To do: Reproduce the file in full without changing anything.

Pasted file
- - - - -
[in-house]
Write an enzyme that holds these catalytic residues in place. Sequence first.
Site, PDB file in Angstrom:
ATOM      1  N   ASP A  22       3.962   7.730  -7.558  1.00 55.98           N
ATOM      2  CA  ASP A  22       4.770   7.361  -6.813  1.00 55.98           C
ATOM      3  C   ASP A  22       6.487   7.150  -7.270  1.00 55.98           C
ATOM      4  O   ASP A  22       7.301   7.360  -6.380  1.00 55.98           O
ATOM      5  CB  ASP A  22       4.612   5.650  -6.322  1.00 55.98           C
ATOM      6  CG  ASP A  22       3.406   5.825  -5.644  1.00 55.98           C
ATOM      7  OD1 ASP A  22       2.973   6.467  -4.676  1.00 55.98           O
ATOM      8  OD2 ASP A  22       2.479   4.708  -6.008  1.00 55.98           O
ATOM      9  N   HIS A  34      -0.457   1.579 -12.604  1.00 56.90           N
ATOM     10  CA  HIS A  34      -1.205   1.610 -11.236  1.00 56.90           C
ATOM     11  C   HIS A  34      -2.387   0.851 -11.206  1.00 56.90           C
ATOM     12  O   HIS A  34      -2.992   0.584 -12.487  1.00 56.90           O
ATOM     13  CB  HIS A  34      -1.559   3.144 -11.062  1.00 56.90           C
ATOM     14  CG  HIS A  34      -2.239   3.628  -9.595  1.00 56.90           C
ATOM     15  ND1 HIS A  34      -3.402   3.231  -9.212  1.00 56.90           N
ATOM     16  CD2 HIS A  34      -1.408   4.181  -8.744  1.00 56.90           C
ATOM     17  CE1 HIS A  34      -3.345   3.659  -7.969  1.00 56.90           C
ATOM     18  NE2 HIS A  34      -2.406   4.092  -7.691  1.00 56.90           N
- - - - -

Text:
[in-house]
Write an enzyme that holds these catalytic residues in place. Sequence first.
Site, PDB file in Angstrom:
ATOM      1  N   ASP A  22       3.962   7.730  -7.558  1.00 55.98           N
ATOM      2  CA  ASP A  22       4.770   7.361  -6.813  1.00 55.98           C
ATOM      3  C   ASP A  22       6.487   7.150  -7.270  1.00 55.98           C
ATOM      4  O   ASP A  22       7.301   7.360  -6.380  1.00 55.98           O
ATOM      5  CB  ASP A  22       4.612   5.650  -6.322  1.00 55.98           C
ATOM      6  CG  ASP A  22       3.406   5.825  -5.644  1.00 55.98           C
ATOM      7  OD1 ASP A  22       2.973   6.467  -4.676  1.00 55.98           O
ATOM      8  OD2 ASP A  22       2.479   4.708  -6.008  1.00 55.98           O
ATOM      9  N   HIS A  34      -0.457   1.579 -12.604  1.00 56.90           N
ATOM     10  CA  HIS A  34      -1.205   1.610 -11.236  1.00 56.90           C
ATOM     11  C   HIS A  34      -2.387   0.851 -11.206  1.00 56.90           C
ATOM     12  O   HIS A  34      -2.992   0.584 -12.487  1.00 56.90           O
ATOM     13  CB  HIS A  34      -1.559   3.144 -11.062  1.00 56.90           C
ATOM     14  CG  HIS A  34      -2.239   3.628  -9.595  1.00 56.90           C
ATOM     15  ND1 HIS A  34      -3.402   3.231  -9.212  1.00 56.90           N
ATOM     16  CD2 HIS A  34      -1.408   4.181  -8.744  1.00 56.90           C
ATOM     17  CE1 HIS A  34      -3.345   3.659  -7.969  1.00 56.90           C
ATOM     18  NE2 HIS A  34      -2.406   4.092  -7.691  1.00 56.90           N